On a percentile basis, the latest reading is at the 38.0 percentile of all the monthly readings since the start of the monthly data series in June 1977 and at the 33.6 percentile of non-recessionary months.
For an additional perspective on consumer attitudes, see my post on the most recent Reuters/University of Michigan Consumer Sentiment Index. Here is the chart from that post.
And finally, let’s take a look at the correlation between consumer confidence and small business sentiment, the latter by way of the National Federation of Independent Business (NFIB) Small Business Optimism Index. As the chart illustrates, the two have tracked one another fairly closely since the onset of the Financial Crisis.
Caveats in Using the Conference Board’s Consumer Confidence Index
According to Bloomberg, the following caveat is provided when reviewing this series:
The underlying series for ”planned purchases” (autos, homes, and major appliances) and ”vacation intentions” showed larger increases in November 2010 levels, primarily due to sample design differences. These level shifts will be treated as breaks, and there will be no historial revisions. Neither series is included in or has any impact on the Consumer Confidence Index.The switch to the Census X-12 seasonal adjustment program produced only minor differences for both levels and month-to-month changes. As a result, The Conference Board did not find it necessary to undertake a full historical revision of the CCI time series based on the seasonal adjustment method. The restated data for November 2010, December 2010 and January 2011 (preliminary data) are based on the prior seasonal adjustment method. This index is an average of responses to the following questions: 1. Respondents appraisal of current business conditions. 2. Respondents expectations regarding business conditions six months hence. 3. Respondents appraisal of the current employment conditions. 4. Respondents expectations regarding employment conditions six months hence. 5. Respondents expectations regarding their total family income six months hence. For each of the 5 questions, there are three response options: Postive, Negative and Neutral. The response proportions to each question are seasonally adjusted. For each of the five question (above), the POSITIVE figure is divided by the sum of the POSITIVE and NEGATIVE to yield a proportion, which we call the ‘RELATIVE’ value. For each question, the average RELATIVE for the calendar year 1985 is then used as a benchmark to yield the INDEX value for that question. From 1967 to mid 1977 the CCI was bi-monthly.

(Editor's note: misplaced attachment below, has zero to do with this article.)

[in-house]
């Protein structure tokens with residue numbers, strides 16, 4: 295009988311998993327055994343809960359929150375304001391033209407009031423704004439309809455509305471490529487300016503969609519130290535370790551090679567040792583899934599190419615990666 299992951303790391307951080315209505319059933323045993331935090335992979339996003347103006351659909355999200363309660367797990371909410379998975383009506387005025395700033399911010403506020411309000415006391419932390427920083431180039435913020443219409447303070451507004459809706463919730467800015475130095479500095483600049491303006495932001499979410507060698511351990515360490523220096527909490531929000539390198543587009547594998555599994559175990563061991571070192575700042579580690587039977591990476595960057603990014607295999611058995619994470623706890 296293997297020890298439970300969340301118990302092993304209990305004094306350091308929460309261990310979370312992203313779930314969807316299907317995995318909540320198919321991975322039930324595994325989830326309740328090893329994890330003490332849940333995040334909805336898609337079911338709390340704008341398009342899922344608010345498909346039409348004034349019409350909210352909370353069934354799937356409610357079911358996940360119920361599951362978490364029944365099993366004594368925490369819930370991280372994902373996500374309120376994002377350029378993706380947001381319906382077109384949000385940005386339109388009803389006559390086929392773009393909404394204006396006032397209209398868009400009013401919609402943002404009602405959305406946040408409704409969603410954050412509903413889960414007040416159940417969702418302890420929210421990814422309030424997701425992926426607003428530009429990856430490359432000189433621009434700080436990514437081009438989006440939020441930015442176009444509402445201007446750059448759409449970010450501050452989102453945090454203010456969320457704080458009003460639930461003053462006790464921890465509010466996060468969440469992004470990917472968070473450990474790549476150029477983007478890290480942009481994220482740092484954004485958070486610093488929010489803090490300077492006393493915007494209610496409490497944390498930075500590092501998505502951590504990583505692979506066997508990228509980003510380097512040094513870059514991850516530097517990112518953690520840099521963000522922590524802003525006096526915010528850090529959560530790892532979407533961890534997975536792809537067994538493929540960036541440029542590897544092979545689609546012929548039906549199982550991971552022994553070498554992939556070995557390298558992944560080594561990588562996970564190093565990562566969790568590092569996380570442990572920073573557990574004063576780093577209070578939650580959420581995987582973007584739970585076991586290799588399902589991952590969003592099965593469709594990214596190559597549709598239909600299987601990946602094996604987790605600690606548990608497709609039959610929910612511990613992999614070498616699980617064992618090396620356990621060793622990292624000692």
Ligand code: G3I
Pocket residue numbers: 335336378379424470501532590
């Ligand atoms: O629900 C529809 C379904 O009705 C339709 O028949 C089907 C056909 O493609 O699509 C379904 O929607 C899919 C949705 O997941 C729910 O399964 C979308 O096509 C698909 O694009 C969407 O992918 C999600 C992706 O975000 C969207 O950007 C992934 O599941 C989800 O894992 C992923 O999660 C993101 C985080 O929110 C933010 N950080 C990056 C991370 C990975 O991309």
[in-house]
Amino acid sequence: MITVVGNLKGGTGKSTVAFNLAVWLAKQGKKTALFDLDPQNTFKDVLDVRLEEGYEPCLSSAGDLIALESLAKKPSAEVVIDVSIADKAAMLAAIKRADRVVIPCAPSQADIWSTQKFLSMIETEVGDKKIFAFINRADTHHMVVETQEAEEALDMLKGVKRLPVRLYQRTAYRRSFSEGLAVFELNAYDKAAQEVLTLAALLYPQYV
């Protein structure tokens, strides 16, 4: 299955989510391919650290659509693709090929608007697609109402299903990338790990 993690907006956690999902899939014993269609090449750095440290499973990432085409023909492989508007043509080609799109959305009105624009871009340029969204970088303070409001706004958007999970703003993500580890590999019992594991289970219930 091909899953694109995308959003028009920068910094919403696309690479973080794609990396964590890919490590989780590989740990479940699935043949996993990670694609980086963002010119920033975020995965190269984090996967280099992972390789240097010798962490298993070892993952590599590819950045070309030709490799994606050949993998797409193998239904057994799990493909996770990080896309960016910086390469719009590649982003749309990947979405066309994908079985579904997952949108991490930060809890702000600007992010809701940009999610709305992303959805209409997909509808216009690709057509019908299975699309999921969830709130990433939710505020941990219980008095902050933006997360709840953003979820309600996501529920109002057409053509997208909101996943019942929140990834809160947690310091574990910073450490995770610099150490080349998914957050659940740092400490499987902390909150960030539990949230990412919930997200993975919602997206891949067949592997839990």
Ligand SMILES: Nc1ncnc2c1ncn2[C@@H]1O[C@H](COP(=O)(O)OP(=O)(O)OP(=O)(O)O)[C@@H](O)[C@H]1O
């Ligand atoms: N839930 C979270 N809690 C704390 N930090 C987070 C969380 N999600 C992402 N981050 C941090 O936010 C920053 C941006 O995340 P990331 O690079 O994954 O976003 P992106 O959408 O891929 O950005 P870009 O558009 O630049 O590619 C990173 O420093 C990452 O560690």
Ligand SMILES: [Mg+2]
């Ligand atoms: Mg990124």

This is a survey based on a probability-design random sample – conducted for The Conference Board by Nielsen. Surveys are a quantification of opinion rather than facts and data.
Observers of consumer sentiment polls should be aware they are imperfect quantifications of opinion. The question arises whether they are a rear view window or a forward looking indicator – or possibly a little of each. There is little question, however, that poor consumer sentiment corresponds to poor economic performance. Econintersect believes that consumer sentiment is mostly a coincident or lagging economic indicator.